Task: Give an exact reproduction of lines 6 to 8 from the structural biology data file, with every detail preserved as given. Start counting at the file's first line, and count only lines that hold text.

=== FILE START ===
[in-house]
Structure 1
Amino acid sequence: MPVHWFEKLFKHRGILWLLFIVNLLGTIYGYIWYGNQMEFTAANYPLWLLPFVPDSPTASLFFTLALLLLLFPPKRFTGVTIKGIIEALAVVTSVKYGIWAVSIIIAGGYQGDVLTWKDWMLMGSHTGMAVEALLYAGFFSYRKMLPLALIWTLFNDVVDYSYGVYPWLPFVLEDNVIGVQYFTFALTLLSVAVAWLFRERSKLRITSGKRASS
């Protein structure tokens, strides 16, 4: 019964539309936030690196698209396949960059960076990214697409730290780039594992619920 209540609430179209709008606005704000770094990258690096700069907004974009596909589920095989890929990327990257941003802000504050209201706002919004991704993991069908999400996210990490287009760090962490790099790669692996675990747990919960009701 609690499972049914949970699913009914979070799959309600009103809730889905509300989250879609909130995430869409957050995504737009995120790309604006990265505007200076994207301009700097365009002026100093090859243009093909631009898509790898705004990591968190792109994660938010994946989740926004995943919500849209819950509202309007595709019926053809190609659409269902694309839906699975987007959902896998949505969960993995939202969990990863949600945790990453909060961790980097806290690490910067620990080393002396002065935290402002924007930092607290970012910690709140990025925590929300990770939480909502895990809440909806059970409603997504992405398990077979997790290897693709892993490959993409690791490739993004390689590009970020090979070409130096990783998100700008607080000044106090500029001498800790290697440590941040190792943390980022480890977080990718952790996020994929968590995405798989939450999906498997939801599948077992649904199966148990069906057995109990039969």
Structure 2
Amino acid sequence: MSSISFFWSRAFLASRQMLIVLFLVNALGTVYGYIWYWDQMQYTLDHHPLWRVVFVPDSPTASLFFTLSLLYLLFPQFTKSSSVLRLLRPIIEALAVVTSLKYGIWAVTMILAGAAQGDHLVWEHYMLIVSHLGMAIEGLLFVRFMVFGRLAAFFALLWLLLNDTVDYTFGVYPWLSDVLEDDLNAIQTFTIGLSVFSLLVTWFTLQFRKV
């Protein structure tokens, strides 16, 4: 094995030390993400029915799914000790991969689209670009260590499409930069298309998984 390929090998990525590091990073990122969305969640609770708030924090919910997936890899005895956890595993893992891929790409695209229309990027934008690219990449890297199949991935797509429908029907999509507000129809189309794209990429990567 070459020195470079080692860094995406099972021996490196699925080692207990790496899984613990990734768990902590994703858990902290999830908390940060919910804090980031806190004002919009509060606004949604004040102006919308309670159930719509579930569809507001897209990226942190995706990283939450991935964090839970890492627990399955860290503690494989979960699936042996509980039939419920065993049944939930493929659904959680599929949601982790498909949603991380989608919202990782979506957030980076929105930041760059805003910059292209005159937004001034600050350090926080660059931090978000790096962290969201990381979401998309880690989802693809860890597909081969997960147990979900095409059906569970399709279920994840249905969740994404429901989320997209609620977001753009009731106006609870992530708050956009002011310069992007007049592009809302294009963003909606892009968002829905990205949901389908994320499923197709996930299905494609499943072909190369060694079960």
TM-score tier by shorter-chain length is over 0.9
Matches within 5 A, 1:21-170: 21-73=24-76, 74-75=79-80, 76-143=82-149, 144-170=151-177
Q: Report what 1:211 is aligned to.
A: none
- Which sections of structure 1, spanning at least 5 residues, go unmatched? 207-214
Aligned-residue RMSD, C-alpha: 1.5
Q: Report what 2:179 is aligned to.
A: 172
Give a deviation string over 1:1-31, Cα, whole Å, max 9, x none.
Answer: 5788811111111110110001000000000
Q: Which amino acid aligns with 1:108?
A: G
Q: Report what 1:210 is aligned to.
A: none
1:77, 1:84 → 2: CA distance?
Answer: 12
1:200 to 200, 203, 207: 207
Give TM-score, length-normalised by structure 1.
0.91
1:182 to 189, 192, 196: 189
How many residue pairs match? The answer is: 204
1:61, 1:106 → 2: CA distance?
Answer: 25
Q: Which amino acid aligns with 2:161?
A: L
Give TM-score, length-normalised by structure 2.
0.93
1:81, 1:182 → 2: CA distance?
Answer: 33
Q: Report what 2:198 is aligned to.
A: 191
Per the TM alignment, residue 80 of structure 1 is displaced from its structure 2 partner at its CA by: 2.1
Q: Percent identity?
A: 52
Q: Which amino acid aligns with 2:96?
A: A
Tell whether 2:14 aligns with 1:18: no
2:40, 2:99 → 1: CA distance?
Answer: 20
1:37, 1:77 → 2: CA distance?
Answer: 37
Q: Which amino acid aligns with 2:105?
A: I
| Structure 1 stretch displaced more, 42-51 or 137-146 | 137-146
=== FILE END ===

Amino acid sequence: MSSISFFWSRAFLASRQMLIVLFLVNALGTVYGYIWYWDQMQYTLDHHPLWRVVFVPDSPTASLFFTLSLLYLLFPQFTKSSSVLRLLRPIIEALAVVTSLKYGIWAVTMILAGAAQGDHLVWEHYMLIVSHLGMAIEGLLFVRFMVFGRLAAFFALLWLLLNDTVDYTFGVYPWLSDVLEDDLNAIQTFTIGLSVFSLLVTWFTLQFRKV
């Protein structure tokens, strides 16, 4: 094995030390993400029915799914000790991969689209670009260590499409930069298309998984 390929090998990525590091990073990122969305969640609770708030924090919910997936890899005895956890595993893992891929790409695209229309990027934008690219990449890297199949991935797509429908029907999509507000129809189309794209990429990567 070459020195470079080692860094995406099972021996490196699925080692207990790496899984613990990734768990902590994703858990902290999830908390940060919910804090980031806190004002919009509060606004949604004040102006919308309670159930719509579930569809507001897209990226942190995706990283939450991935964090839970890492627990399955860290503690494989979960699936042996509980039939419920065993049944939930493929659904959680599929949601982790498909949603991380989608919202990782979506957030980076929105930041760059805003910059292209005159937004001034600050350090926080660059931090978000790096962290969201990381979401998309880690989802693809860890597909081969997960147990979900095409059906569970399709279920994840249905969740994404429901989320997209609620977001753009009731106006609870992530708050956009002011310069992007007049592009809302294009963003909606892009968002829905990205949901389908994320499923197709996930299905494609499943072909190369060694079960």
TM-score tier by shorter-chain length is over 0.9